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Sharma P.,Kumaun University | Shah G.C.,Kumaun University | Sharma R.,University | Dhyani P.,Gb Pant Institute Of Himalayan Environment & Development
Natural Product Research | Year: 2015

The chemical composition of the essential oil obtained from aerial parts of Nepeta graciliflora was analysed, for the first time, by GC–FID and GC–MS. A total of 27 compounds were identified, constituting over 91.44% of oil composition. The oil was strongly characterised by sesquiterpenes (86.72%), with β-sesquiphellandrene (28.75%), caryophyllene oxide (12.15%), α-bisabolol (8.97%), α-bergamotene (8.51%), β-bisabolene (6.33%) and β-Caryophyllene (5.34%) as the main constituents. The in vitro activity of the essential oil was determined against four micro-organisms in comparison with chloramphenicol by the agar well diffusion and broth dilution method. The oil exhibited good activity against all tested organisms. © 2015 Taylor & Francis Source


Cottee-Jones H.E.W.,University of Oxford | Bajpai O.,Gb Pant Institute Of Himalayan Environment & Development | Chaudhary L.B.,Gb Pant Institute Of Himalayan Environment & Development | Whittaker R.J.,University of Oxford | Whittaker R.J.,Copenhagen University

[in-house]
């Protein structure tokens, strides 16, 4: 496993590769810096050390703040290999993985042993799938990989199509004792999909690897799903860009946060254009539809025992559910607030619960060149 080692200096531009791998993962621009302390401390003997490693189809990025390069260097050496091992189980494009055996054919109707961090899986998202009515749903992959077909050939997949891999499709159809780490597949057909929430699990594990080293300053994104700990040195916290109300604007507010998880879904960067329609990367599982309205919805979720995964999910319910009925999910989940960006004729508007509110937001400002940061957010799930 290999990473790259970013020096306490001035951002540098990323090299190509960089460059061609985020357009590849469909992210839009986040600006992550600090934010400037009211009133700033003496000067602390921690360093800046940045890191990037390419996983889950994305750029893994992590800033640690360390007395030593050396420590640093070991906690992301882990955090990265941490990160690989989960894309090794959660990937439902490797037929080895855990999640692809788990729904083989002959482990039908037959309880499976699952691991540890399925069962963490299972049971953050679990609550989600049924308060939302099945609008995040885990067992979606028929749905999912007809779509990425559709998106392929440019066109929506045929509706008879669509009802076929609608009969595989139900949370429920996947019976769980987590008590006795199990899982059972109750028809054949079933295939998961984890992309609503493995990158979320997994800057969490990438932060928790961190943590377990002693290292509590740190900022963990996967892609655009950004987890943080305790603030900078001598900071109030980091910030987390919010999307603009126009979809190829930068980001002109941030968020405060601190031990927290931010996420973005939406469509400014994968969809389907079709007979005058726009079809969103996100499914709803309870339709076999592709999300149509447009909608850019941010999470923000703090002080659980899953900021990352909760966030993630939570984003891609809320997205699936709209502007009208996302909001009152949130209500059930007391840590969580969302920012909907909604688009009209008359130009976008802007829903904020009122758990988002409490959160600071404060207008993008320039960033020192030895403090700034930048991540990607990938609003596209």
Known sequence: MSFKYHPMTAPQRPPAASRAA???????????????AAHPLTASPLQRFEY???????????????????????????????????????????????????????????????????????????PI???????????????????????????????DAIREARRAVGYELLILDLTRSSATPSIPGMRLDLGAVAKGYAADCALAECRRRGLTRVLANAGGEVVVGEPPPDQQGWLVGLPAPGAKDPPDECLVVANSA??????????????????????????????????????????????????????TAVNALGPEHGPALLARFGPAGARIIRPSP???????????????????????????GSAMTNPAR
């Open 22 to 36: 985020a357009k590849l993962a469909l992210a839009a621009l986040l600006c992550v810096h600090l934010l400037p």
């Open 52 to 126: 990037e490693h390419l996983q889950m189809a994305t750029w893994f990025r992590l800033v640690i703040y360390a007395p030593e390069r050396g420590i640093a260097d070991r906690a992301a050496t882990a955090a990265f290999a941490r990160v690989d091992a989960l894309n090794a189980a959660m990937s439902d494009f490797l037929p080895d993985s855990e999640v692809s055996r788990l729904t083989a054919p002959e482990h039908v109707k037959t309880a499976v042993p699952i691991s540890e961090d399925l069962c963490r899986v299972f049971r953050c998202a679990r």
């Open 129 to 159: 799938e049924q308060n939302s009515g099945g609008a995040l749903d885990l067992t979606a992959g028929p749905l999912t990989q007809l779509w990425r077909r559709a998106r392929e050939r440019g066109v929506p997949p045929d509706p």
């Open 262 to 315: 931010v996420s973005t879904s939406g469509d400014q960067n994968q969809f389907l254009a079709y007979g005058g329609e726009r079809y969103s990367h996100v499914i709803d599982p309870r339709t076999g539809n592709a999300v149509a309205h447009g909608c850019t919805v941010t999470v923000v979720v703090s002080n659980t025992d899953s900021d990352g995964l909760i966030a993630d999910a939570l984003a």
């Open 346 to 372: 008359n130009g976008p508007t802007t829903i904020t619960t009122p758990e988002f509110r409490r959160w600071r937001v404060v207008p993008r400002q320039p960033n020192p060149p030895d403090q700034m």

Ambio | Year: 2015

Many of the world’s rural populations are dependent on the local provision of economically and medicinally important plant resources. However, increasing land-use intensity is depleting these resources, reducing human welfare, and thereby constraining development. Here we investigate a low cost strategy to manage the availability of valuable plant resources, facilitated by the use of isolated Ficus trees as restoration nuclei. We surveyed the plants growing under 207 isolated trees in Assam, India, and categorized them according to their local human-uses. We found that Ficus trees were associated with double the density of important high-grade timber, firewood, human food, livestock fodder, and medicinal plants compared to non-Ficus trees. Management practices were also important in determining the density of valuable plants, with grazing pressure and land-use intensity significantly affecting densities in most categories. Community management practices that conserve isolated Ficus trees, and restrict livestock grazing and high-intensity land-use in their vicinity, can promote plant growth and the provision of important local resources. © 2015, Royal Swedish Academy of Sciences. Source

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